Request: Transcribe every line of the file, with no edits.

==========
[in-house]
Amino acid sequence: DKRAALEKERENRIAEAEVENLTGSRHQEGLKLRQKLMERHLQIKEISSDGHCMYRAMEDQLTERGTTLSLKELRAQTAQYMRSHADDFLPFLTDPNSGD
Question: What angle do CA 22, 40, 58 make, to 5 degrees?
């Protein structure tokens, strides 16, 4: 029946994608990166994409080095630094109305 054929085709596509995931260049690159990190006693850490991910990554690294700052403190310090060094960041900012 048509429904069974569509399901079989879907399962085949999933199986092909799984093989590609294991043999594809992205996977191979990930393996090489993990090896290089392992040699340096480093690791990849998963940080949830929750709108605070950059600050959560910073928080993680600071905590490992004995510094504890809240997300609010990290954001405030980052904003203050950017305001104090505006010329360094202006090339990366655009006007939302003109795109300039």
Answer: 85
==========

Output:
[in-house]
Amino acid sequence: DKRAALEKERENRIAEAEVENLTGSRHQEGLKLRQKLMERHLQIKEISSDGHCMYRAMEDQLTERGTTLSLKELRAQTAQYMRSHADDFLPFLTDPNSGD
Question: What angle do CA 22, 40, 58 make, to 5 degrees?
């Protein structure tokens, strides 16, 4: 029946994608990166994409080095630094109305 054929085709596509995931260049690159990190006693850490991910990554690294700052403190310090060094960041900012 048509429904069974569509399901079989879907399962085949999933199986092909799984093989590609294991043999594809992205996977191979990930393996090489993990090896290089392992040699340096480093690791990849998963940080949830929750709108605070950059600050959560910073928080993680600071905590490992004995510094504890809240997300609010990290954001405030980052904003203050950017305001104090505006010329360094202006090339990366655009006007939302003109795109300039």
Answer: 85